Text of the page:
My impression is that all of this was well planned and they were in it for the long haul. They had no reason to stop with backdooring ssh, except for the risk of additional exposure. But they decided to take that risk, with the sandbox disabling. So they planned to do more, and every commit by "Jia Tan", and really every commit that they could have influenced needs to be distrusted.

This is why I've suggested to Debian that they revert to an earlier version of xz. That would be my advice to anyone distributing xz.

I do have a xz-unscathed fork which I've carefully constructed to avoid all "Jia Tan" involved commits. It feels good to not need to worry about dpkg and tar. I only plan to maintain this fork minimally, eg security fixes. Hopefully Lasse Collin will consider these possibilities and address them in his response to the attack.

the vulture in the coal mine

Turns out that VPS provider Vultr's terms of service were quietly changed some time ago to give them a "perpetual, irrevocable" license to use content hosted there in any way, including modifying it and commercializing it "for purposes of providing the Services to you."

This is very similar to changes that Github made to their TOS in 2017. Since then, Github has been rebranded as "The world’s leading AI-powered developer platform". The language in their TOS now clearly lets them use content stored in Github for training AI. (Probably this is their second line of defense if the current attempt to legitimise copyright laundering via generative AI fails.)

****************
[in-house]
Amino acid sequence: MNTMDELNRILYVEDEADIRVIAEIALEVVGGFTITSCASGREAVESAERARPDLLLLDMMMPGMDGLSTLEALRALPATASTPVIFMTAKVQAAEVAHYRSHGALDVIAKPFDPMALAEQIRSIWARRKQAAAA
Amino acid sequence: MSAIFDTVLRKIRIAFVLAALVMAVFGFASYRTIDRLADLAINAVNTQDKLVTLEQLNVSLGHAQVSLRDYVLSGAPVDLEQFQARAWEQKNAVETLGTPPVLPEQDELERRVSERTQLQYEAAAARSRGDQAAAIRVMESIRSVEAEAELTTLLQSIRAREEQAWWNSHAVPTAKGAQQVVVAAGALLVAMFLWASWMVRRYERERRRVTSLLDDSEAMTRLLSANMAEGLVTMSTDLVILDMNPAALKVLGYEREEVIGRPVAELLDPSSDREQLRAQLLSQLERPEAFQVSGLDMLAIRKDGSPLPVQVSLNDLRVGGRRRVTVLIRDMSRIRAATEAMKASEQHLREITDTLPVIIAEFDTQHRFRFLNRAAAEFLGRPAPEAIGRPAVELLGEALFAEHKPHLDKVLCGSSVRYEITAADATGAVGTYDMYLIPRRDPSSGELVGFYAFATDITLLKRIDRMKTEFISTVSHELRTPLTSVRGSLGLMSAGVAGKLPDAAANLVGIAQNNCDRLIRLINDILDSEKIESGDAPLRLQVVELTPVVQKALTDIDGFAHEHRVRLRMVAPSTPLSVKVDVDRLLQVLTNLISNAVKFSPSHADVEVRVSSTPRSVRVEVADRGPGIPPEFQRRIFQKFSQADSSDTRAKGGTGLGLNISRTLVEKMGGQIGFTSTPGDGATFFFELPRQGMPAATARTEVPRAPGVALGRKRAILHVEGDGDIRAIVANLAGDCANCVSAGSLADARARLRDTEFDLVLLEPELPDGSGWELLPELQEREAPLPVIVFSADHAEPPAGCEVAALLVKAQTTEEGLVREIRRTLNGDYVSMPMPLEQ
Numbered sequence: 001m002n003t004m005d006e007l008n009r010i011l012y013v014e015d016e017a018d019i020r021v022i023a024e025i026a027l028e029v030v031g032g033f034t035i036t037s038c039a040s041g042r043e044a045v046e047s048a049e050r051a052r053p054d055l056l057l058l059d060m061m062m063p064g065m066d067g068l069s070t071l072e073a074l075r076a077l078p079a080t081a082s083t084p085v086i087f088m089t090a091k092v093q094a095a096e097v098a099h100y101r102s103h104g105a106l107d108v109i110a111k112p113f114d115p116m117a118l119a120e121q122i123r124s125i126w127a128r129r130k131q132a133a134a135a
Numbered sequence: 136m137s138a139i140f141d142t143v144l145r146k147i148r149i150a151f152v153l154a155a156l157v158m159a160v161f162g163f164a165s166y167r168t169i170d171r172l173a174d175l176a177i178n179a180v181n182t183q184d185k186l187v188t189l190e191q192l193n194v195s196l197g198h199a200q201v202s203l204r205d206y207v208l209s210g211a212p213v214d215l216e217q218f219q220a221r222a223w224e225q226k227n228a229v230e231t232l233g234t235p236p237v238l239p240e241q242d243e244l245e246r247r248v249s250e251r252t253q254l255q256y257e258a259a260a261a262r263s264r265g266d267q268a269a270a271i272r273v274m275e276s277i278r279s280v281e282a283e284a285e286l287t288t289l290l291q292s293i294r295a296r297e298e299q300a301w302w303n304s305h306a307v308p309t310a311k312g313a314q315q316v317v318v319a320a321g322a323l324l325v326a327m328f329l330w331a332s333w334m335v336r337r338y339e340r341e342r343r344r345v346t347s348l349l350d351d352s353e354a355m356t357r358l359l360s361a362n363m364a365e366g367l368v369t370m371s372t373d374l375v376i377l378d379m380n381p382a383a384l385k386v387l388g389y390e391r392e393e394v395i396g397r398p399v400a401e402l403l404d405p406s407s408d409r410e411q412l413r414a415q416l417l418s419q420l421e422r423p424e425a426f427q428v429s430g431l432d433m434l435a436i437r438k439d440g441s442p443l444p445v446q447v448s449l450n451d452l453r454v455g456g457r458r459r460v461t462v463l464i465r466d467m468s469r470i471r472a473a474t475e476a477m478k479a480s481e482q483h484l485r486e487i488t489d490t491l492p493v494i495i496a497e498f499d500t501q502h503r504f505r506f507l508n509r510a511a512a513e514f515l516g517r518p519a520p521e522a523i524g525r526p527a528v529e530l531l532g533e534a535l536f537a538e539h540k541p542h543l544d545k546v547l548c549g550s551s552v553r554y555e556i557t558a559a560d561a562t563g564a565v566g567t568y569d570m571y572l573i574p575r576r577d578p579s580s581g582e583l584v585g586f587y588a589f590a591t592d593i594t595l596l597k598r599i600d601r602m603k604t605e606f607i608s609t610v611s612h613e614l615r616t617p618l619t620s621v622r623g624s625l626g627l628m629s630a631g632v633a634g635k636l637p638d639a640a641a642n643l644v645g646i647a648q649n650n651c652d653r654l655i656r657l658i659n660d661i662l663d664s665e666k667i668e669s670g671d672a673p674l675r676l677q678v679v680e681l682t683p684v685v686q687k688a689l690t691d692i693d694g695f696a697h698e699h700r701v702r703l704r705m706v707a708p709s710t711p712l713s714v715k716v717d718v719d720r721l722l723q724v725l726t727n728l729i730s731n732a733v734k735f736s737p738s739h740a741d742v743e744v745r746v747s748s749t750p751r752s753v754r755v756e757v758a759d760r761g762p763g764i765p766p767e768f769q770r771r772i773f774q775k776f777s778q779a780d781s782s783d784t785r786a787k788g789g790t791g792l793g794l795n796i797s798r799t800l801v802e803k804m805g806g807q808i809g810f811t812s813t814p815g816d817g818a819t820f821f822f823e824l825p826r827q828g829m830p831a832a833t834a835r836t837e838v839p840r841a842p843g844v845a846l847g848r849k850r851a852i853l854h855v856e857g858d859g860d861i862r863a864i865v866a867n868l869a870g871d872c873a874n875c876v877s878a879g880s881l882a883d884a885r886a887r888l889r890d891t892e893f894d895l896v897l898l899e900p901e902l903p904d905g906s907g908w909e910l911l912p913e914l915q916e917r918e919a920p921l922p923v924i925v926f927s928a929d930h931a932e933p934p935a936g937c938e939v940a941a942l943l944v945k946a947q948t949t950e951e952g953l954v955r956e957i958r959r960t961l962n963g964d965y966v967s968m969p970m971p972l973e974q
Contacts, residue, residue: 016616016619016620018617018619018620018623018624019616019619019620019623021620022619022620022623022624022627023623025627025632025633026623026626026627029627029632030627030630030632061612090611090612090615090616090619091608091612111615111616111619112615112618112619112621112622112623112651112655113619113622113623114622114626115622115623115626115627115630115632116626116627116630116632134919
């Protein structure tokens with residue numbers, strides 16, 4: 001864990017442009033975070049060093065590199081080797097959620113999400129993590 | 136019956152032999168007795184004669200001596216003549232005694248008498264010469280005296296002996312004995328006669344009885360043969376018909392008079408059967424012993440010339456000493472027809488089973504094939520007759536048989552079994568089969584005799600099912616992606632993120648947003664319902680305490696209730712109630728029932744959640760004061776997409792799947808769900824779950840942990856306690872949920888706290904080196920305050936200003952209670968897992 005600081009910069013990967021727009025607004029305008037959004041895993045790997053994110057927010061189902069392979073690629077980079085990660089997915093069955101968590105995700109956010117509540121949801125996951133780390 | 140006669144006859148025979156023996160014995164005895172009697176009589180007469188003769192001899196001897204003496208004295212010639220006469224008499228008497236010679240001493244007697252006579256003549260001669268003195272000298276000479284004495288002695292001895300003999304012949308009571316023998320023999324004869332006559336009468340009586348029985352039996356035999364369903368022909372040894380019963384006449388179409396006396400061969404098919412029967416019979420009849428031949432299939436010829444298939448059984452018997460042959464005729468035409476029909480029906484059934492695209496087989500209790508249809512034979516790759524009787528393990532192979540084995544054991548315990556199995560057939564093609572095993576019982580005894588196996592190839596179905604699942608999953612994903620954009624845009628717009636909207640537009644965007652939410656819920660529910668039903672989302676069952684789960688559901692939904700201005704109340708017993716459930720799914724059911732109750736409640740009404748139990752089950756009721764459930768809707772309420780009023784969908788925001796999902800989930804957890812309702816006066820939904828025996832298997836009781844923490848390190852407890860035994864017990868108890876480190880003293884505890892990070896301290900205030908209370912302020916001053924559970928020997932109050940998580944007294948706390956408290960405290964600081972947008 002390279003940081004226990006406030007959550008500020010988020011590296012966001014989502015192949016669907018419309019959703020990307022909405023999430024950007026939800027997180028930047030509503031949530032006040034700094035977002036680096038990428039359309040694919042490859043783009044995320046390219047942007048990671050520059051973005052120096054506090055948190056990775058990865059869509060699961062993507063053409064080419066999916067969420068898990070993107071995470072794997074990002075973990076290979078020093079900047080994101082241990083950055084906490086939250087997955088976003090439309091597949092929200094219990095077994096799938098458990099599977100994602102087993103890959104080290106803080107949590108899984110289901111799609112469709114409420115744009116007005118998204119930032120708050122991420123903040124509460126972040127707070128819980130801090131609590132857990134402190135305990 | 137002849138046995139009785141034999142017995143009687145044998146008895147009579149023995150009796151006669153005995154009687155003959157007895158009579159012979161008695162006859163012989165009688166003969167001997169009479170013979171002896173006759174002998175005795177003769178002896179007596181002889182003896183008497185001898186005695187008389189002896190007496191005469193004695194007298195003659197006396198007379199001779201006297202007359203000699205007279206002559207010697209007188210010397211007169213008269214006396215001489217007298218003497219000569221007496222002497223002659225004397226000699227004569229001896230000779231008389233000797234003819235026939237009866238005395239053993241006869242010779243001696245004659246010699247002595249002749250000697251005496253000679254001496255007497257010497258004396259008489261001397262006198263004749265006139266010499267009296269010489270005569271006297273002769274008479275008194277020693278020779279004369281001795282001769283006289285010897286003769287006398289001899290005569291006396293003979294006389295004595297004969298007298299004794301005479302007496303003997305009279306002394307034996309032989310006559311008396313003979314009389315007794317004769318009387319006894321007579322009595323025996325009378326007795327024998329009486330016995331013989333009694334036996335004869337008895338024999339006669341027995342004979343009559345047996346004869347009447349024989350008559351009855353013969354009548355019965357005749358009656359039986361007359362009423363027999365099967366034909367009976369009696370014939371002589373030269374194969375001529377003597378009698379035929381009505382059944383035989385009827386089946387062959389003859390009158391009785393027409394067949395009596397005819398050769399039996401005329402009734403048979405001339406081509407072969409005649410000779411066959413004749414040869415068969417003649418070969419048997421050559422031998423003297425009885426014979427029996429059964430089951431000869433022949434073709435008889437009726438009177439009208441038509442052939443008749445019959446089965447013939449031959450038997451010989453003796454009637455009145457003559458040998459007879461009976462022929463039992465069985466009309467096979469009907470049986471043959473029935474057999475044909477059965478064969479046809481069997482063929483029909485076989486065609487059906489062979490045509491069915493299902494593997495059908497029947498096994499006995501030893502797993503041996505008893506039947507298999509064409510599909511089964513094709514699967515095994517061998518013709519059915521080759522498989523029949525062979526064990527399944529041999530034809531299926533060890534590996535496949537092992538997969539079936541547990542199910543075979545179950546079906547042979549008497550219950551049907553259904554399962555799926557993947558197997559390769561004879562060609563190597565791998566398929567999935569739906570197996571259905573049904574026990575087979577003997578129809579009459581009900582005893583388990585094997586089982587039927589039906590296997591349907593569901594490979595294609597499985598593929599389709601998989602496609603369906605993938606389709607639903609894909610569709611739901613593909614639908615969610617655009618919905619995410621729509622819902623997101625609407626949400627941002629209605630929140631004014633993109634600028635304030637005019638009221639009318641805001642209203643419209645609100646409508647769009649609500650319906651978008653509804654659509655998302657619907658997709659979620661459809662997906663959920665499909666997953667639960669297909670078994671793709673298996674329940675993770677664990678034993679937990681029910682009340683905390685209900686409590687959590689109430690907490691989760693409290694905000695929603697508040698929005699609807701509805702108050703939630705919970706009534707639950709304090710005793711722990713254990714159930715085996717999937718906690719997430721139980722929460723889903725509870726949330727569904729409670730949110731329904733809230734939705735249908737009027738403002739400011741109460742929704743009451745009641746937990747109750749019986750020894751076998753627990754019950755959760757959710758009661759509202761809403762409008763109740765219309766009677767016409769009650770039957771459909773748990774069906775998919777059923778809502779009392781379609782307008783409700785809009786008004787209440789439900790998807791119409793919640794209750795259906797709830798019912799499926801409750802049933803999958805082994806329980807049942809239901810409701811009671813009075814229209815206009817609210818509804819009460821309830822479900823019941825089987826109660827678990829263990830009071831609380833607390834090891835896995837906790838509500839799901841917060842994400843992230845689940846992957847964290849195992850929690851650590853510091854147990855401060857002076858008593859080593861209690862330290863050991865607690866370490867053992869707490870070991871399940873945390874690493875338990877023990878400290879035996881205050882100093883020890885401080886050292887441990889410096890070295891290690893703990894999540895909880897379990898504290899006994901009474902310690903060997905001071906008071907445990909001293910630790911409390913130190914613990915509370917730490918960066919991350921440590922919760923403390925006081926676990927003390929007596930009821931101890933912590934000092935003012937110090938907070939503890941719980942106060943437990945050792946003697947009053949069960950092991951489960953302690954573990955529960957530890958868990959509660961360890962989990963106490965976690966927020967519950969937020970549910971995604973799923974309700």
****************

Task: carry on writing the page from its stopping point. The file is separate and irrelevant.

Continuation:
Vultr is currently in damage control mode, accusing their concerned customers of spreading "conspiracy theories" (-- founder David Aninowsky) and updating the TOS to remove some of the problem language. Although it still allows them to "make derivative works", so could still allow their AI division to scrape VPS images for training data.

Vultr claims this was the legalese version of technical debt, that it only ever applied to posts in a forum (not supported by the actual TOS language) and basically that they and their lawyers are incompetant but not malicious.